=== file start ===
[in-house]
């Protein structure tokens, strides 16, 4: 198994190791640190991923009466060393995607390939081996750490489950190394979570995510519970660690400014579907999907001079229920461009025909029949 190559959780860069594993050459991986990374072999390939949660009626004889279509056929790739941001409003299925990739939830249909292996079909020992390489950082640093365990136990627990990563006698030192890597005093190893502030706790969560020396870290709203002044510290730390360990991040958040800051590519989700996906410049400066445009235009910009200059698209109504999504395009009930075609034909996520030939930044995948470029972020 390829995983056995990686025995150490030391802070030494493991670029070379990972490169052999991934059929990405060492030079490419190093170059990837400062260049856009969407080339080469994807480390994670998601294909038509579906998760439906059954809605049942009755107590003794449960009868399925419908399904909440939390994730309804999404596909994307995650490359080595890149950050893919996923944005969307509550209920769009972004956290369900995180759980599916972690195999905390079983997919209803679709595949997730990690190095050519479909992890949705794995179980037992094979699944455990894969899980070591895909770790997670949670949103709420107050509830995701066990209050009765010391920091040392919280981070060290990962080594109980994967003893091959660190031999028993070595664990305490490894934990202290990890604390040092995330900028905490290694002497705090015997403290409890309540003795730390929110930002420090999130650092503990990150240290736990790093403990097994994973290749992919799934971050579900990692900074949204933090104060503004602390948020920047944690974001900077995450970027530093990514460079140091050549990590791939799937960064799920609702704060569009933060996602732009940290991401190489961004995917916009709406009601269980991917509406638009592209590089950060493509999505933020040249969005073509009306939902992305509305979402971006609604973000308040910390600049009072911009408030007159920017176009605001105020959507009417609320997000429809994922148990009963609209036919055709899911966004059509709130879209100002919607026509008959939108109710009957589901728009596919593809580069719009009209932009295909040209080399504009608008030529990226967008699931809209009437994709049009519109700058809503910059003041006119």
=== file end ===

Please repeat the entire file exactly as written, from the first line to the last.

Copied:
[in-house]
């Protein structure tokens, strides 16, 4: 198994190791640190991923009466060393995607390939081996750490489950190394979570995510519970660690400014579907999907001079229920461009025909029949 190559959780860069594993050459991986990374072999390939949660009626004889279509056929790739941001409003299925990739939830249909292996079909020992390489950082640093365990136990627990990563006698030192890597005093190893502030706790969560020396870290709203002044510290730390360990991040958040800051590519989700996906410049400066445009235009910009200059698209109504999504395009009930075609034909996520030939930044995948470029972020 390829995983056995990686025995150490030391802070030494493991670029070379990972490169052999991934059929990405060492030079490419190093170059990837400062260049856009969407080339080469994807480390994670998601294909038509579906998760439906059954809605049942009755107590003794449960009868399925419908399904909440939390994730309804999404596909994307995650490359080595890149950050893919996923944005969307509550209920769009972004956290369900995180759980599916972690195999905390079983997919209803679709595949997730990690190095050519479909992890949705794995179980037992094979699944455990894969899980070591895909770790997670949670949103709420107050509830995701066990209050009765010391920091040392919280981070060290990962080594109980994967003893091959660190031999028993070595664990305490490894934990202290990890604390040092995330900028905490290694002497705090015997403290409890309540003795730390929110930002420090999130650092503990990150240290736990790093403990097994994973290749992919799934971050579900990692900074949204933090104060503004602390948020920047944690974001900077995450970027530093990514460079140091050549990590791939799937960064799920609702704060569009933060996602732009940290991401190489961004995917916009709406009601269980991917509406638009592209590089950060493509999505933020040249969005073509009306939902992305509305979402971006609604973000308040910390600049009072911009408030007159920017176009605001105020959507009417609320997000429809994922148990009963609209036919055709899911966004059509709130879209100002919607026509008959939108109710009957589901728009596919593809580069719009009209932009295909040209080399504009608008030529990226967008699931809209009437994709049009519109700058809503910059003041006119």